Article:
Resolution and Inspiration Fuelling Passion and the Way Forward— A Youth Achieving Self-Actualisation through Rural Reconstruction

Song Wei picking wild cherries in the field to make enzymes. (Meilu, intern in rural reconstruction)

Song Wei (Intern of Youth Internship Programme on Rural Reconstruction, 2015-2016, supported by PCD)

Editor's note:

If human beings want to continue to survive, a fundamental and sustainable approach is to return to the land and granting agriculture its due respect. However, rural communities, farmers and agriculture face difficulties caused by modernisation and globalisation. They are being uprooted in the same way a big tree is cut off from its roots while its flowers and leaves are preserved. How could one expect the tree to continue to live? For human beings, it is a road to self-destruction. Sustainable agriculture and rural reconstruction are PCD’s two main programmes. For years, we have been supporting initiatives to bring young people to work in ecological farms so that they have a chance to leave their ivory towers and support farmers in organising cooperatives and engaging in ecological agriculture. This way, young people get to learn about and take an interest in people from China’s bottom social strata. It is also a form of training and a process of growth for young people.

The most recent rural reconstruction internship programme supported by PCD lasted from August, 2015 to July, 2016. Our partner, Liang Shuming Rural Reconstruction Centre, recruited 13 young people who were dispatched to the rural community of Pohan in Yongji of Shanxi Province and Yunfeng Agriculture and Animal Husbandry Cooperative in Changchun of Jilin Province as interns to learn integrated rural community development and ecological agricultural skills and to reflect on the approach of sustainable development concerning mutual support between urban and rural communities.

Song Wei, 24, comes from Dalian City of Liaoning Province. Even though she was born in the city, her passion for biology and botany, interest in the three rural issues in China (agriculture, farmers and rural communities) and her dream of an equal society led her to study agriculture in university and take part in research and survey, voluntary teaching and cultural activities in rural areas. She was an intern in rural reconstruction hosted by the two cooperatives mentioned above while also in the Green Ground Union in Beijing. During her internship, she learnt how to rear pigs ecologically, make enzymes and natural fertilizers, to run a farm, build pigsties, market ecological agricultural products, conduct educational and promotional programmes and document their work and activities.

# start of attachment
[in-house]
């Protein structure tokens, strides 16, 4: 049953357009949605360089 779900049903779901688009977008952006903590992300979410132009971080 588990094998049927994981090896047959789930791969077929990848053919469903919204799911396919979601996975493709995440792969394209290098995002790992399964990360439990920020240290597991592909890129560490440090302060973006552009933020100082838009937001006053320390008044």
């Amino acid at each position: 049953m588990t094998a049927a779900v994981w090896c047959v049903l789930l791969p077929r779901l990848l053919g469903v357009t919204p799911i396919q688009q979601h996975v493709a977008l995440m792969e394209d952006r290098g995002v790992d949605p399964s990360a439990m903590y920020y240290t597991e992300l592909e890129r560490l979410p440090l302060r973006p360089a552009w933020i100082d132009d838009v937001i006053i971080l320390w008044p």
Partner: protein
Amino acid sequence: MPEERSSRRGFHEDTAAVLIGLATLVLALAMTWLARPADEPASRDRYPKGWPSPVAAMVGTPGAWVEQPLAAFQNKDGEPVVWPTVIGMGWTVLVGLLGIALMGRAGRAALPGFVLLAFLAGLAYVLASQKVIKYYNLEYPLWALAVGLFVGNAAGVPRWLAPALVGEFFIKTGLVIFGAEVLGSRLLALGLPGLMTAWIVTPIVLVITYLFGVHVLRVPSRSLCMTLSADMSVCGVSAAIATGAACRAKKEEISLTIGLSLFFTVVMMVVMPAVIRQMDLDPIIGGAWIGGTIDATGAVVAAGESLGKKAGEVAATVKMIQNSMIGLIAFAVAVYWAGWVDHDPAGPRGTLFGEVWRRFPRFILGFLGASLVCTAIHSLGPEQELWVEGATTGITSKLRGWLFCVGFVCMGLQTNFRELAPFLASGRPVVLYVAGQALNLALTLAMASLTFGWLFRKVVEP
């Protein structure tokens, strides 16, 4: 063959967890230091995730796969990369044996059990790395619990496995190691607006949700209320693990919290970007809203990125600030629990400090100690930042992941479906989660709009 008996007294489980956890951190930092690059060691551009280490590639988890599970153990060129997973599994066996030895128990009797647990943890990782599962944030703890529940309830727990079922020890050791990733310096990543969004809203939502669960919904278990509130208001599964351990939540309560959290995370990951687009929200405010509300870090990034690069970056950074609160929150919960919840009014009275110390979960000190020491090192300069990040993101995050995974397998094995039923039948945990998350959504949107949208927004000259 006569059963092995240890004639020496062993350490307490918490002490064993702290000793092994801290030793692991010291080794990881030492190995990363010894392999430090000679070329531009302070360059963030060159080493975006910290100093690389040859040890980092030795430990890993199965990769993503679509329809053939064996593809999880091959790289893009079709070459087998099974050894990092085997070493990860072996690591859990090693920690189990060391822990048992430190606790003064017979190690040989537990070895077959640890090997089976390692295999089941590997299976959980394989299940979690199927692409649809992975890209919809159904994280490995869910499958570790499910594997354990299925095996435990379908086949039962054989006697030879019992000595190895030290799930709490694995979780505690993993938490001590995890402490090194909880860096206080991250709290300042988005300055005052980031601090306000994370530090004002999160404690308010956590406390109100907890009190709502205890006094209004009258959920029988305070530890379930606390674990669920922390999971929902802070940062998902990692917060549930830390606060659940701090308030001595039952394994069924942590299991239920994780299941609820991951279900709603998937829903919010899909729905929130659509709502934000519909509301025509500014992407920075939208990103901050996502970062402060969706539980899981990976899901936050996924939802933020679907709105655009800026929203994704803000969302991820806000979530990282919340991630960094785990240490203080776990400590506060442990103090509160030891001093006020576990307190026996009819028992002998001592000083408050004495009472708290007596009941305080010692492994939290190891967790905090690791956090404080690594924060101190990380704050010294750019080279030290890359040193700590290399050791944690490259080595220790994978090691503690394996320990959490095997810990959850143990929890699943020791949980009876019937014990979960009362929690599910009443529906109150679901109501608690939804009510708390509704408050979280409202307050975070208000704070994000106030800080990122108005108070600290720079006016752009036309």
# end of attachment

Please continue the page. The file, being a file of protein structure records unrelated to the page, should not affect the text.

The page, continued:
Here Song Wei reflects on her internship in rural reconstruction. In mainstream society, where most people strive for wealth and social status, Song Wei chose to go against the norm and joined other young people who wanted to prove themselves by taking part in rural reconstruction. In this article, she reflects on the future of China’s rural development from an intellectual perspective. Towards the end of the article are Song Wei’s personal notes, made at PCD’s request.

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Song Wei picking wild cherries in the field to make enzymes. (Meilu, intern in rural reconstruction) Growing garlic together.
Song Wei applying chilli water on cucumbers infested by aphids. (Hu Yachao, intern in rural reconstruction) The first day Song Wei fed the chickens, she was a bit frightened standing among the chickens. (Mei Lu, intern in rural reconstruction)
Song Wei making enzymes using cherries with another intern, Wang Xin. The dark stuff is brown sugar for making the enzymes. Learning carpentry to build pigsty roofs.
Learning to boil water with an electric kettle. (Mei Lu, intern in rural reconstruction) Removing corn kernels from the cob to feed the pigs.
Interns listening to teachers after morning exercise. (Tang Chao, intern in rural reconstruction) Interns meeting in the evening to discuss the problems they faced in the day and planning their assignments for the next day.
Interns admiring the snowscape together. (Zhang Shengsheng)  

As human beings, wanting to realise our self-worth is an instinct. During the time I took part in the training on rural reconstruction and even over the last few years, I have been searching for ways to realise my own worth, a goal which will continue into the future.